We’ve lived in Spain for nearly 5 years now and whenever asked we’ll always tell people how much we love it and that they should also relocate to Spain if they can! We have a lot of blog posts on reasons to move to Spain as well as the pros and cons, but we haven’t written a post about reasons NOT to move to Spain!
Spain is an amazing country with so many benefits to families, but it’s not going to be for everyone. We see other expat families come and go, and some people have said to us that they like Spain for holidays but couldn’t live here permanently.
So, for an alternative view, we’ve listened to what people have been saying in Expat groups on Facebook, comments on Instagram, conversations we’ve heard etc, and here are some reasons why you shouldn’t move to Spain…
If you like colder weather and enjoy rainy days then Spain is not the place for you! In the height of summer here on the Costa Blanca we get days of 40°c, though I’d say the average is around 35°c. The humidity is around 80-90% in July and August. It’s hot, you will sweat a lot, and it doesn’t cool down at night. Spring and Autumn can be mid 20°c to early 30°c, and still warm enough to sunbathe, it’s very rare for it to rain in this region. So if you don’t like getting hot or sitting in the sun, maybe this isn’t the country for you.
If you have absolutely no desire to learn another language or spend most of your time speaking another language then it’s not a good idea to move to Spain. Yes there are places where there are a lot of expats and you can easily go to British/Dutch/German bars and speak your own language, but when it comes to going to the bank, doctor, school, town hall, or smaller, less touristy places you will have to speak Spanish to get by. Think about getting your car serviced or hiring an electrician, if you wouldn’t want to have to try and navigate these things in Spanish, then it’s probably not a good idea to move to Spain.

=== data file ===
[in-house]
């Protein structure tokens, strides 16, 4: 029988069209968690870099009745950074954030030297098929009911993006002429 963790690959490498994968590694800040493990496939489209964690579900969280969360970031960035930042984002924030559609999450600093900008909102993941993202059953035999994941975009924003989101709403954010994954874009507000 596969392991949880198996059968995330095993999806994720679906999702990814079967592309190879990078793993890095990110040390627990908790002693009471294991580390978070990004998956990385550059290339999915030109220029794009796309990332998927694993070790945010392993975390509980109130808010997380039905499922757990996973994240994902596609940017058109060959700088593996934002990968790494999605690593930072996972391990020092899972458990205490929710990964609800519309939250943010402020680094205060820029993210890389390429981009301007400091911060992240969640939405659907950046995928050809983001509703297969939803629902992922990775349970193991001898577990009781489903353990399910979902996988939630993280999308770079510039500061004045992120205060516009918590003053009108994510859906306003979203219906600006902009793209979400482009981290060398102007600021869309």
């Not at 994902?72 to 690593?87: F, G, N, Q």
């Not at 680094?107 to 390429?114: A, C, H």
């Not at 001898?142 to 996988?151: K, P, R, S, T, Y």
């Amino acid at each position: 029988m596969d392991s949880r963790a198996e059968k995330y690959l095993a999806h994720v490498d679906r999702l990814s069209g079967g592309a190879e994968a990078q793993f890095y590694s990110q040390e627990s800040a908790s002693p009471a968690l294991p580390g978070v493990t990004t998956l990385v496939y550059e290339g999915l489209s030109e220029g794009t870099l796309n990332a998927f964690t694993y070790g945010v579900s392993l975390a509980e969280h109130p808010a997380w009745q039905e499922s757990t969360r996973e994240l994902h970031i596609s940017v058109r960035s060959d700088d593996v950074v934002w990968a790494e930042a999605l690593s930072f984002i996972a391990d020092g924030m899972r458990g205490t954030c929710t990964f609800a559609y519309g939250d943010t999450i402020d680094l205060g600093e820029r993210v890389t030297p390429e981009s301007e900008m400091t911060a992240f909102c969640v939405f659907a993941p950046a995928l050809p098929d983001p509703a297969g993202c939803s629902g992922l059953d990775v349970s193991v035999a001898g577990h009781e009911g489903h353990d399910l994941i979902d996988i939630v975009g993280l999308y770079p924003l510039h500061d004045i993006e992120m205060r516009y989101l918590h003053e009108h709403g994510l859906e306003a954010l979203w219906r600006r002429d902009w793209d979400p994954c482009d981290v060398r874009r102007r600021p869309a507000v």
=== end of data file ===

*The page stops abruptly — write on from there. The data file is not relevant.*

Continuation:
A big part of living in Spain is adapting to the Spanish culture and way of life. You’ll spend a lot of time outdoors, find yourself eating much later, and have to put up with a lot of noise especially in the summer. Some places still close at midday, others don’t open after 2pm (doctors and banks), and lots of businesses close completely in August. Children are welcome everywhere at any time of day or night, things are much more laid back, life is slower, everyone’s late, and the “mañana” attitude is definitely a thing. If you don’t think you can live like this, it might be better to stay where you are.
Of course with any country you move to, you can still cook whatever food you like. However in Spain you’ll probably struggle to find a lot of British and American brands, and ingredients unless you find an international supermarket and pay a lot more for them. Spanish supermarkets stock Spanish brands mostly and don’t often cater for foreign tastes. You’ll have to get used to different meats, only buying certain fruit & vegetables in season, as well as knowing the Spanish vocabulary for all of these things. When you go out to eat you’ll be ordering paella and tapas, rather than roast dinner or curry….unless of course you only stick to the expat areas. So, if you’re not prepared to try different foods then we wouldn’t recommend moving to Spain.
The red tape
Spain is well known for it’s bureaucracy and you’ll soon be introduced to it if you want to do anything official in Spain. Whether it’s getting your NIE, registering on the Padron, opening a bank account, or getting a SIP card for healthcare, you’re likely to get very frustrated! They love their paperwork here and you’ll be asked for copies of everything – and usually find you also need something they haven’t asked for. Processes are slow, most things need to be done in person, customer service isn’t the best, and if you’re not gifted with a lot of patience it might be better off not having to deal with it all in the first place.
For us personally we love the weather, culture, food, and slower pace of life. The language can be difficult at times but we have embraced it and get by ok! The red tape is obviously not fun for anyone, but once out of the way you can forget about that nightmare.
So…what do you think? These are obviously just a few of the main things that came to mind but there are going to be lots more pros and cons for moving to Spain permanently. Have these points put you off moving to Spain or do you think you can handle it?